Sermons

Summary: This world is full of darkness and sadness, which is why we need Christmas. As Zechariah proclaims, Christmas is when God's light breaks into the world in Jesus Christ and sets the stage for a whole new world.

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You know, it’s been kind of a tough week, hasn’t it? Monday morning, the big news around the globe was a massive hostage situation in a coffee shop in Australia. By Monday evening, we were getting word that a man in Pennsylvania had shot and killed five people and was on the run. Tuesday morning, the breaking news was about a massive Taliban attack on a school in Peshawar, Pakistan; over 125 children and teachers were killed. It was right around this time two years ago that Sandy Hook school here in the U.S. was attacked, and the lives of students and teachers were taken. All of this is pretty hard to take in, isn’t it? And this is supposed to be the “most wonderful time of the year,” “the happiest season of all!”

Yet, here we are; perhaps feeling like this season is more of a time when everything seems to go wrong. In fact, we’ve even started offering explanations as to why it seems so many “snap” at this time of year. Maybe, we say, it’s because people go stir-crazy being cooped up indoors because of the cold weather. But that doesn’t explain the hostage situation in Australia, where it is rapidly approaching the height of summer. Perhaps, then, it’s all the stress of culling together the “perfect Christmas” with limited finances. But that doesn’t explain the Taliban Muslim group attacking a school in Pakistan. Well, then, maybe it’s because there are fewer hours of daylight, and the darkness just deepens any feelings of depression. Again, that doesn’t explain every situation, but I do think it brings us closer to what we are dealing with here. But here’s what we need to understand. What we are facing is not a problem of darkness in the physical sense; rather, it is darkness in the spiritual sense.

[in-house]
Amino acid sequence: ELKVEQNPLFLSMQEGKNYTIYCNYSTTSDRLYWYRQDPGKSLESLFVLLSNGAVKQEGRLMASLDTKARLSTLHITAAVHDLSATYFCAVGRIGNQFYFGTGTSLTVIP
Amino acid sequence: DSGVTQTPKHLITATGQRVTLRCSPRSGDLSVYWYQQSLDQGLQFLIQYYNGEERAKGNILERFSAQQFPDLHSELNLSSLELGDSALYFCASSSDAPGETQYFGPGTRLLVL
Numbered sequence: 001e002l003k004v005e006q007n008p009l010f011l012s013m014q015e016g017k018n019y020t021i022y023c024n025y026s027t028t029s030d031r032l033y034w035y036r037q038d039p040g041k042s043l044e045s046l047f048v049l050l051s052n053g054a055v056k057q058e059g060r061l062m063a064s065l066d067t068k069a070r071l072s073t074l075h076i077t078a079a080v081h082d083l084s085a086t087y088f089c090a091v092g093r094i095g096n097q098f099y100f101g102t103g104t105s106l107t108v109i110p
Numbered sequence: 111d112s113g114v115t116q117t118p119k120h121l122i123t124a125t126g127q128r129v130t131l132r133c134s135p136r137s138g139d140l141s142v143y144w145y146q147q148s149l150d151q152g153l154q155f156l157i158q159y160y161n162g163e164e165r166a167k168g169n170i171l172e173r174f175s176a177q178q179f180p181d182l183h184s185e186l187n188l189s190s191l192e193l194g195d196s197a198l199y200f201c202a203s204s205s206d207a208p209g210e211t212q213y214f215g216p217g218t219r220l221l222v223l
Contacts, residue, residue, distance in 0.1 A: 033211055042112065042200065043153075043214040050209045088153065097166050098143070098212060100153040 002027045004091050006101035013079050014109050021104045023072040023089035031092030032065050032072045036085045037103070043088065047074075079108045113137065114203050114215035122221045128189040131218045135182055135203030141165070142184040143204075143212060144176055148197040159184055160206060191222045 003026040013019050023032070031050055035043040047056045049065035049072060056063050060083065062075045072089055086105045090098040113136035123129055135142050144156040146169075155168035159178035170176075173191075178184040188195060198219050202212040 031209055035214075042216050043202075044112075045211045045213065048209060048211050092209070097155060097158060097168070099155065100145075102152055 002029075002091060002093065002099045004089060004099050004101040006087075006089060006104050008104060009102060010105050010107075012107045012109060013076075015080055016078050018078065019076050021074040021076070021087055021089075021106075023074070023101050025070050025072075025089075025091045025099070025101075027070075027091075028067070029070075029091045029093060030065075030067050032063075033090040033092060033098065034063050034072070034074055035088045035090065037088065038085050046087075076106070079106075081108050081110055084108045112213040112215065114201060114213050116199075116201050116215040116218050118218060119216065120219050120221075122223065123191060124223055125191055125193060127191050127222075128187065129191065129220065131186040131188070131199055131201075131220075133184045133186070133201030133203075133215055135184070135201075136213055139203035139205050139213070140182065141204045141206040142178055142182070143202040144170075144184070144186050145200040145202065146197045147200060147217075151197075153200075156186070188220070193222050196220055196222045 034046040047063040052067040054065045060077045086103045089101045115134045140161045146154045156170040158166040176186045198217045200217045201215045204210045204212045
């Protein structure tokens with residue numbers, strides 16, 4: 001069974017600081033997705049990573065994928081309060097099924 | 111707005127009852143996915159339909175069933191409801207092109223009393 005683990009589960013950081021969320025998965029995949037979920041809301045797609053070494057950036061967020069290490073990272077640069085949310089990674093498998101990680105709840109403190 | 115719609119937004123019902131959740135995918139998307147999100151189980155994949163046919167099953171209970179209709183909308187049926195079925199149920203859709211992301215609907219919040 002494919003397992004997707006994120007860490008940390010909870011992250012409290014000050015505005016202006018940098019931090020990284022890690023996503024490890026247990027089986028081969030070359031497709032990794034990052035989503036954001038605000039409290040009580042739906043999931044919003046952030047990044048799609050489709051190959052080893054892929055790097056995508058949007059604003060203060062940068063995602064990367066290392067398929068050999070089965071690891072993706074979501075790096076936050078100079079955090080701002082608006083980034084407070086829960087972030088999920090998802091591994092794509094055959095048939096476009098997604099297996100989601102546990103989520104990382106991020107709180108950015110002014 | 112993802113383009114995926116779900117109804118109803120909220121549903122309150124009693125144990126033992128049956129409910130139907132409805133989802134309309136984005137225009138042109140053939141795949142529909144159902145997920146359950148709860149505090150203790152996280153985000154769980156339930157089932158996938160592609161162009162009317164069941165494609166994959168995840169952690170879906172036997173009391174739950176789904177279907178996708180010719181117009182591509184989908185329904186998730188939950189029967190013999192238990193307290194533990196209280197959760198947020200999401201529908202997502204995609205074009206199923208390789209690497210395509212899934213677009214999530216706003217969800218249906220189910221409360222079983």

This morning, we come to another of the “first carols of Christmas.” This time, the song of praise is on the lips of the priest, Zechariah. And what Zechariah is celebrating above all is how he sees light at last overcoming darkness. Zechariah is the husband of Elizabeth and the father of John the Baptist. At the point at which he breaks out into this song we heard a few moments ago, Zechariah has been mute for nine months. You see, when the angel Gabriel came to visit Zechariah with the news that his wife, who was beyond childbearing age, would conceive and bear a child, Zechariah didn’t believe it. So, as a result of his doubt, Zechariah was struck dumb until eight days after John was born, when he was circumcised and given his name. It was when Zechariah confirmed that his child would be called John that his tongue was finally loosened and he broke out into this song of praise. And what Zechariah is celebrating is that he sees at last God’s fulfillment of his ancient covenant promises to deliver and save his people, and that Zechariah’s son John will be the one to introduce the saving Messiah to the world.

Zechariah says that John will be a prophet of the Most High God, preparing a way for him, and telling people how God, in his immense compassion, will save the people from their sins. Zechariah shares this vision of God bringing light to those sitting in the shadow of darkness and death, and guiding people on the path of peace. As you all are well aware, people expected the “Most High God,” the Messiah, to be a conquering hero; someone who would sweep into the world and quickly vanquish Israel’s enemies. The Jews fully expected that their enemies would suffer the same violent fate they had been suffering for generations. But when Zechariah begins to prophesy (the first prophecy among the Israelites in over 400 years), he tells a different story. His son, John has come to show us the path to Jesus, and Jesus is coming to show us the path to peace; not by overthrowing the enemies, but by dispelling the darkness of the world.


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